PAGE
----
Let’s play the word association game. When I say the word ‘engineer’, I am pretty sure you that you will respond with ‘mechanical’. Now I’m no psychic, but how then did I anticipate your response?
I think it’s down to the word itself: engineer. What has an engine: machines. Machines for moving, machines for creating, machines for destroying, and so on. And what do all of those things have in common, they are: mechanical.
In actual fact, the word ‘engineer’ is the child of the Latin words ingeniare (‘to create, generate, contrive, devise)’ and ingenium (‘cleverness’). Somewhere along the semantic timeline the impression of it relating to ‘cleverness’ or being a genius has been lost.
So maybe being an engineer isn’t always to do with an engine? I’m glad you’re keeping up. This is where the Explore My Engineering Future project comes in. We are showing young people that being an engineer doesn’t necessarily mean getting a job improving the way aircraft function.
Being an engineer could mean that you are editing audio, designing roads that are more environmentally friendly, creating worlds in virtual reality, or helping on the construction of a rocket suit. Anything that makes you a genius makes you an engineer!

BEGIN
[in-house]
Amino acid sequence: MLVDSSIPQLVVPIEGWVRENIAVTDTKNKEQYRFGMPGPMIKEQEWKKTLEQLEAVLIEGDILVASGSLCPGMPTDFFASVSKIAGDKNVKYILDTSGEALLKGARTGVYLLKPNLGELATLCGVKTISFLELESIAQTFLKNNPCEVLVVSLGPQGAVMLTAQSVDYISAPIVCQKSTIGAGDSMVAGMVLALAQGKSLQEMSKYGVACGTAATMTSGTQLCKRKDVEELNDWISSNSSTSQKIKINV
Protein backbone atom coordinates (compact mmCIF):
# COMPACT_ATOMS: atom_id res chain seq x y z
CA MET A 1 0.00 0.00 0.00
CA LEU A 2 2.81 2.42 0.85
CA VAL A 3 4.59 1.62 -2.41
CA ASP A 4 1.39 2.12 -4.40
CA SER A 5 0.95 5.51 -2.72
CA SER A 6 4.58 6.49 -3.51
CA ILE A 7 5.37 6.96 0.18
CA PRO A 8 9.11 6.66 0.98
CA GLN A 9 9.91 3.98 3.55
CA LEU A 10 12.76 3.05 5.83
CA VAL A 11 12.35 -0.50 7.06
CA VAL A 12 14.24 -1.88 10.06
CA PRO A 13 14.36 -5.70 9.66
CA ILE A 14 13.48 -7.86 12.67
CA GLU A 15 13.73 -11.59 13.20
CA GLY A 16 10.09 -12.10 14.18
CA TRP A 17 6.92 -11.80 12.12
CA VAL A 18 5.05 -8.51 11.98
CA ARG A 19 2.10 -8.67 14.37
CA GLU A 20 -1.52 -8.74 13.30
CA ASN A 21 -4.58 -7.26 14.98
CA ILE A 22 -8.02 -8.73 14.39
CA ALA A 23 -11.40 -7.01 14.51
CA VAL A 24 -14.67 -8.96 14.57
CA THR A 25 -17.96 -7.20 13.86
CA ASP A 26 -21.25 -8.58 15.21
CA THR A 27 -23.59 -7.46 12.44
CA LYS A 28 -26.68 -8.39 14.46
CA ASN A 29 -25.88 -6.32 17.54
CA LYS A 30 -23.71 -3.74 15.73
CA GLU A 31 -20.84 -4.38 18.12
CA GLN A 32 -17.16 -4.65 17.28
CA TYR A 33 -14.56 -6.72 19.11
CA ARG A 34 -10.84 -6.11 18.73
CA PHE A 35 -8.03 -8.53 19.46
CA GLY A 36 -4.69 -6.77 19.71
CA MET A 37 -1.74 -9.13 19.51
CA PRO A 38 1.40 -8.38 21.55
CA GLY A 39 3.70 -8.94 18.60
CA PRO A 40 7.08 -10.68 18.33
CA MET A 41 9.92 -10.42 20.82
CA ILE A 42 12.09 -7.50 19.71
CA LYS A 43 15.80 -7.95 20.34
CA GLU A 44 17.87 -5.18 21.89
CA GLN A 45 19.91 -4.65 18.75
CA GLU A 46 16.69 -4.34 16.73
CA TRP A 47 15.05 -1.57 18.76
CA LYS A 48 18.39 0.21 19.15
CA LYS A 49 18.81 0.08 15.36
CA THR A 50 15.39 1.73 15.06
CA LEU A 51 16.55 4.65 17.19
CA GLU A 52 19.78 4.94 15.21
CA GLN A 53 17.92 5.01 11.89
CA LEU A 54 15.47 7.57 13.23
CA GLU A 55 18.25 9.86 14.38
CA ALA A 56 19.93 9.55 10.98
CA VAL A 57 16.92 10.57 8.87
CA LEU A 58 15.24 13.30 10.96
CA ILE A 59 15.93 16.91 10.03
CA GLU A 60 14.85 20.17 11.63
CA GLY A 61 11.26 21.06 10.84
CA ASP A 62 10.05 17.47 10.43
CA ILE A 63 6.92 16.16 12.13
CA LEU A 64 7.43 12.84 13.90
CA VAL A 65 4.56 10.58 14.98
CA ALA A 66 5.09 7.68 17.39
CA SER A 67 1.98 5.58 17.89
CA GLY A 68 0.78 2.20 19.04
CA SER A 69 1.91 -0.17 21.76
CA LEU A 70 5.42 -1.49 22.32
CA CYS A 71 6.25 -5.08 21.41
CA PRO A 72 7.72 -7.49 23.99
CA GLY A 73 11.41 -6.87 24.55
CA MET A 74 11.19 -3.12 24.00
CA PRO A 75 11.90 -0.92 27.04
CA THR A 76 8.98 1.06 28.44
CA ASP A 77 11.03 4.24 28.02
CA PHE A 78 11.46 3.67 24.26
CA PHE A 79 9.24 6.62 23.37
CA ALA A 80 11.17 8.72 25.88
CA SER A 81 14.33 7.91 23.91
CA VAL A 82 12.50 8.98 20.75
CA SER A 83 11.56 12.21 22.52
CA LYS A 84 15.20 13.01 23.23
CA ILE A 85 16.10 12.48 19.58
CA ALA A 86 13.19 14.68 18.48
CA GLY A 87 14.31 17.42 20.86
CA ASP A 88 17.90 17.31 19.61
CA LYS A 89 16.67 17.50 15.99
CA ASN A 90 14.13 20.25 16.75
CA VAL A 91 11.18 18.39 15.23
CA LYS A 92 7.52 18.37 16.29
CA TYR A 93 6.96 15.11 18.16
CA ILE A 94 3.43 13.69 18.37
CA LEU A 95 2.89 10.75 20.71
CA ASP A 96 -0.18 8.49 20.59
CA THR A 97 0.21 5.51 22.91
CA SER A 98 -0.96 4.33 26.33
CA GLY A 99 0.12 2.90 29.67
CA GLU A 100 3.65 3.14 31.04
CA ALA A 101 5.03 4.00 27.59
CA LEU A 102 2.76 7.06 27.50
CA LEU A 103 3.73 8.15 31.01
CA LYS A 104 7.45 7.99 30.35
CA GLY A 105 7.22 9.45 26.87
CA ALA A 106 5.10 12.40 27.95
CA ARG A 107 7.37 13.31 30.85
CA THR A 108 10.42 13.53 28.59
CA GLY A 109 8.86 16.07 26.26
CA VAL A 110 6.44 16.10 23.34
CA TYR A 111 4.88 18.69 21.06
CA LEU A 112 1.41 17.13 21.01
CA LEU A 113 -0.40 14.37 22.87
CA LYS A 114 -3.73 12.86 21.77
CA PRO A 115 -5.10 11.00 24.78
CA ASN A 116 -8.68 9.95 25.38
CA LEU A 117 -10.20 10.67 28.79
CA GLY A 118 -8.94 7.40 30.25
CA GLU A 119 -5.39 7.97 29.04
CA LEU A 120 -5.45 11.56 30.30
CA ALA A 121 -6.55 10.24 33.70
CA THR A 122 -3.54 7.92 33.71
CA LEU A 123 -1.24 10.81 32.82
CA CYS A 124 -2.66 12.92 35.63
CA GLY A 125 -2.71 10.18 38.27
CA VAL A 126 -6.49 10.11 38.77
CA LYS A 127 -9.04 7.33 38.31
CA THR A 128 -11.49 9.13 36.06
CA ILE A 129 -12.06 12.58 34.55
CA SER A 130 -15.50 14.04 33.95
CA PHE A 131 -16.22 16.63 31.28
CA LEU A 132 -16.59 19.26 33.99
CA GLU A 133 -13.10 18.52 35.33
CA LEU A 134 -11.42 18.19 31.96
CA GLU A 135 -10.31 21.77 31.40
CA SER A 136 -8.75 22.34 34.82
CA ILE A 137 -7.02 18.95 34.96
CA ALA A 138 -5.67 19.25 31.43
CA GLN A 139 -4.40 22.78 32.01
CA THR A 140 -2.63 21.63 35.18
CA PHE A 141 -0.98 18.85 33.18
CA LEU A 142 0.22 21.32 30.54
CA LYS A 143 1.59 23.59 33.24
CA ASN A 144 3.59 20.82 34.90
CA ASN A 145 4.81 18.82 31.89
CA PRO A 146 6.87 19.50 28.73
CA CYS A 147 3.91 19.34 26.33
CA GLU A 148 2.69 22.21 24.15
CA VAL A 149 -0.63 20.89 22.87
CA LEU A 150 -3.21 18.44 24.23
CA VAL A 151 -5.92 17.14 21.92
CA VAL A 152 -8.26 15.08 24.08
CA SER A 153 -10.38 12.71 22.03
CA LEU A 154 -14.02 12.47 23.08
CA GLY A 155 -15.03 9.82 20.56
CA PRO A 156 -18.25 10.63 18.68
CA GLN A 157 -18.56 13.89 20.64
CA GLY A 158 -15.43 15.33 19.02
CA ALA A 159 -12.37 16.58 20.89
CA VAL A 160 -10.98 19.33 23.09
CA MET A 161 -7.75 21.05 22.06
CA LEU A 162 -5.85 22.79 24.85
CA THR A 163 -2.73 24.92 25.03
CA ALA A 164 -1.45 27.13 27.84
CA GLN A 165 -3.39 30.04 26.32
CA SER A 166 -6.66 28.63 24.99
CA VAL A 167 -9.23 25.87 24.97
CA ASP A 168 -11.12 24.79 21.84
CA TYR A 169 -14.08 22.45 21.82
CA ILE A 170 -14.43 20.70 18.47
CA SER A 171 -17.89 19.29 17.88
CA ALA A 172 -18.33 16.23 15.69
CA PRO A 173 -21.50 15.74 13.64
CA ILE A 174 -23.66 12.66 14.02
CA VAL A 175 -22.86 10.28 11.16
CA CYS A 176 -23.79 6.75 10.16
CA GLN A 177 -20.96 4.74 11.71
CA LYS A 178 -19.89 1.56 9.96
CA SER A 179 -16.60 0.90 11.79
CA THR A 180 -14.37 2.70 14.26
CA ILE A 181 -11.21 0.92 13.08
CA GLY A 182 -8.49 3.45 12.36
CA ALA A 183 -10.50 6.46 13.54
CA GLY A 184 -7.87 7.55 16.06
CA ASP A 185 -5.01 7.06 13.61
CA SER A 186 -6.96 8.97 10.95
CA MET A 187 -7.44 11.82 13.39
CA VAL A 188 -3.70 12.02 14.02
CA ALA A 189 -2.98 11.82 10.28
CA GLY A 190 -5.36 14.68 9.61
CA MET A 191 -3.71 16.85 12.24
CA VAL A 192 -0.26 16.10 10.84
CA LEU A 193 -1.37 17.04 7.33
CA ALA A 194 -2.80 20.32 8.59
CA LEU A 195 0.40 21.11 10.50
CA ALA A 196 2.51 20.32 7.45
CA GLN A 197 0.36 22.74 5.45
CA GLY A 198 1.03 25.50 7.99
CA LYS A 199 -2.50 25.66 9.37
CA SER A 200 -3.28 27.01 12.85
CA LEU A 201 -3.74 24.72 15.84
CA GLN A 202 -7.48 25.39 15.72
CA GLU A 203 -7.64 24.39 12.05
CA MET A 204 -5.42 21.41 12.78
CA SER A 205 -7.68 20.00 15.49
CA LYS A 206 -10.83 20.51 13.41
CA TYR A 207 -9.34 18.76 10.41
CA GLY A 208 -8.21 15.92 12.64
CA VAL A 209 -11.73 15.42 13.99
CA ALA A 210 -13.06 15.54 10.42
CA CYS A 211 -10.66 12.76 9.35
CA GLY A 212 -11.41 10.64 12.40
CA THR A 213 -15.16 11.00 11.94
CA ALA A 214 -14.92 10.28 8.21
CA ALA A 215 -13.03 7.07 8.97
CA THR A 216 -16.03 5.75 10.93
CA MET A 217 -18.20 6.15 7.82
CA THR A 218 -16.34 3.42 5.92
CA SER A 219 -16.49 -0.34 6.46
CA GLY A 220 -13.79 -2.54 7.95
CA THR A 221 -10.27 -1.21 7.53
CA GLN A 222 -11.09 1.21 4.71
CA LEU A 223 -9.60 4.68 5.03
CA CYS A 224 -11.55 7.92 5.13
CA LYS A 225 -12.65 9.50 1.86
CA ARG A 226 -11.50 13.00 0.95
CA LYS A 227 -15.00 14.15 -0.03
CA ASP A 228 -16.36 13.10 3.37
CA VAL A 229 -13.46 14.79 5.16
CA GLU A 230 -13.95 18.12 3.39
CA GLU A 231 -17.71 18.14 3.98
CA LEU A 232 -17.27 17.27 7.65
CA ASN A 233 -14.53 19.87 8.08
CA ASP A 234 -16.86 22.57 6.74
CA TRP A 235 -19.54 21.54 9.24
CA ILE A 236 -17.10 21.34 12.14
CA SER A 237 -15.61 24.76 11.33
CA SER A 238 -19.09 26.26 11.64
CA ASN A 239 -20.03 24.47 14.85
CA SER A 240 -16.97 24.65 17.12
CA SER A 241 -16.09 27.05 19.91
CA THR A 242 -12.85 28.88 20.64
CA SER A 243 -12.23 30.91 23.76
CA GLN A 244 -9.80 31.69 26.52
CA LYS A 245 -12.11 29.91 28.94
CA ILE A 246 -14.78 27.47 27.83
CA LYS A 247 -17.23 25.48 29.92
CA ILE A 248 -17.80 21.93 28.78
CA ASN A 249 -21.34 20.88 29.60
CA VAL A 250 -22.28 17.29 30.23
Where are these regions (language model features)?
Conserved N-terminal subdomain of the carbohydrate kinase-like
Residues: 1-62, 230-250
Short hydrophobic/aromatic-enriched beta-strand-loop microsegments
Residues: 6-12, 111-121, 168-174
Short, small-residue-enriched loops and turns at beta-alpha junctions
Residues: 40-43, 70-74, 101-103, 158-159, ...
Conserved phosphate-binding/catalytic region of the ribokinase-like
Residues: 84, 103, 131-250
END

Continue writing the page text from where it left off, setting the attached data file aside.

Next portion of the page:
How are we going about it? We are creating 52 ‘Top Trumps’ cards based on diverse engineers who work in the South West. When playing the game, young people understand more about the skills required to do a certain engineering role by comparing the abilities of different engineers and reading the descriptions about what the job involves.
Each engineer also belongs to its own ‘Engineering Family’, a group of four engineers who do a similar job or work in a similar field. Students can then also understand how engineers relate to one another, and which engineers may work together on collaborative projects.
What if the students want to find out more? Each engineer also has their own ‘TikTok’ style video which explains the best and worst parts of their job, their career/life journey, and advice they would give to young people.
So what is the main message we’re trying to get across: engineering is not just for machines, it’s for geniuses.